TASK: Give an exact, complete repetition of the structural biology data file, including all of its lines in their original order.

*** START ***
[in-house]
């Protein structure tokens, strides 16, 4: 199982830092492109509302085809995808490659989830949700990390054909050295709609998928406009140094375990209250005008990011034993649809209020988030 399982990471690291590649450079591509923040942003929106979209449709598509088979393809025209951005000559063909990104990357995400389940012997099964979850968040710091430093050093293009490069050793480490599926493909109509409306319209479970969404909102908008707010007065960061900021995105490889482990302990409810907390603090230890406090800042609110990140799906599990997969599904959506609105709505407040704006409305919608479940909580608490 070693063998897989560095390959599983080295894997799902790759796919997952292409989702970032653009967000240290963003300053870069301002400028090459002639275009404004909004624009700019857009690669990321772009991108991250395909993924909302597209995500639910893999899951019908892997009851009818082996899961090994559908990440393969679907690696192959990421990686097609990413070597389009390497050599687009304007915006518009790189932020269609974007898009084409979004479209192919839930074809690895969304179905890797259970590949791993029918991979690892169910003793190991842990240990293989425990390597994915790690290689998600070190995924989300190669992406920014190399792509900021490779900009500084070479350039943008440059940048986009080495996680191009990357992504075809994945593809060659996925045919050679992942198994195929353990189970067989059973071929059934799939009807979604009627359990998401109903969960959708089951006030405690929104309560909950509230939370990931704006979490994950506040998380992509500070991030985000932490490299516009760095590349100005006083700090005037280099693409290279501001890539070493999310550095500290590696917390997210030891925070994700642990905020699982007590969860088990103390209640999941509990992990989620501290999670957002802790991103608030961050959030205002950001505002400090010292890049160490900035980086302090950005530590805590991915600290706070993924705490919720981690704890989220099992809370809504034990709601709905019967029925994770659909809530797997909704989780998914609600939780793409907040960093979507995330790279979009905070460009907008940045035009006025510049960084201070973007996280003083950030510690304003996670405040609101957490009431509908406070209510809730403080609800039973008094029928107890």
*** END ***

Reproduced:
[in-house]
């Protein structure tokens, strides 16, 4: 199982830092492109509302085809995808490659989830949700990390054909050295709609998928406009140094375990209250005008990011034993649809209020988030 399982990471690291590649450079591509923040942003929106979209449709598509088979393809025209951005000559063909990104990357995400389940012997099964979850968040710091430093050093293009490069050793480490599926493909109509409306319209479970969404909102908008707010007065960061900021995105490889482990302990409810907390603090230890406090800042609110990140799906599990997969599904959506609105709505407040704006409305919608479940909580608490 070693063998897989560095390959599983080295894997799902790759796919997952292409989702970032653009967000240290963003300053870069301002400028090459002639275009404004909004624009700019857009690669990321772009991108991250395909993924909302597209995500639910893999899951019908892997009851009818082996899961090994559908990440393969679907690696192959990421990686097609990413070597389009390497050599687009304007915006518009790189932020269609974007898009084409979004479209192919839930074809690895969304179905890797259970590949791993029918991979690892169910003793190991842990240990293989425990390597994915790690290689998600070190995924989300190669992406920014190399792509900021490779900009500084070479350039943008440059940048986009080495996680191009990357992504075809994945593809060659996925045919050679992942198994195929353990189970067989059973071929059934799939009807979604009627359990998401109903969960959708089951006030405690929104309560909950509230939370990931704006979490994950506040998380992509500070991030985000932490490299516009760095590349100005006083700090005037280099693409290279501001890539070493999310550095500290590696917390997210030891925070994700642990905020699982007590969860088990103390209640999941509990992990989620501290999670957002802790991103608030961050959030205002950001505002400090010292890049160490900035980086302090950005530590805590991915600290706070993924705490919720981690704890989220099992809370809504034990709601709905019967029925994770659909809530797997909704989780998914609600939780793409907040960093979507995330790279979009905070460009907008940045035009006025510049960084201070973007996280003083950030510690304003996670405040609101957490009431509908406070209510809730403080609800039973008094029928107890």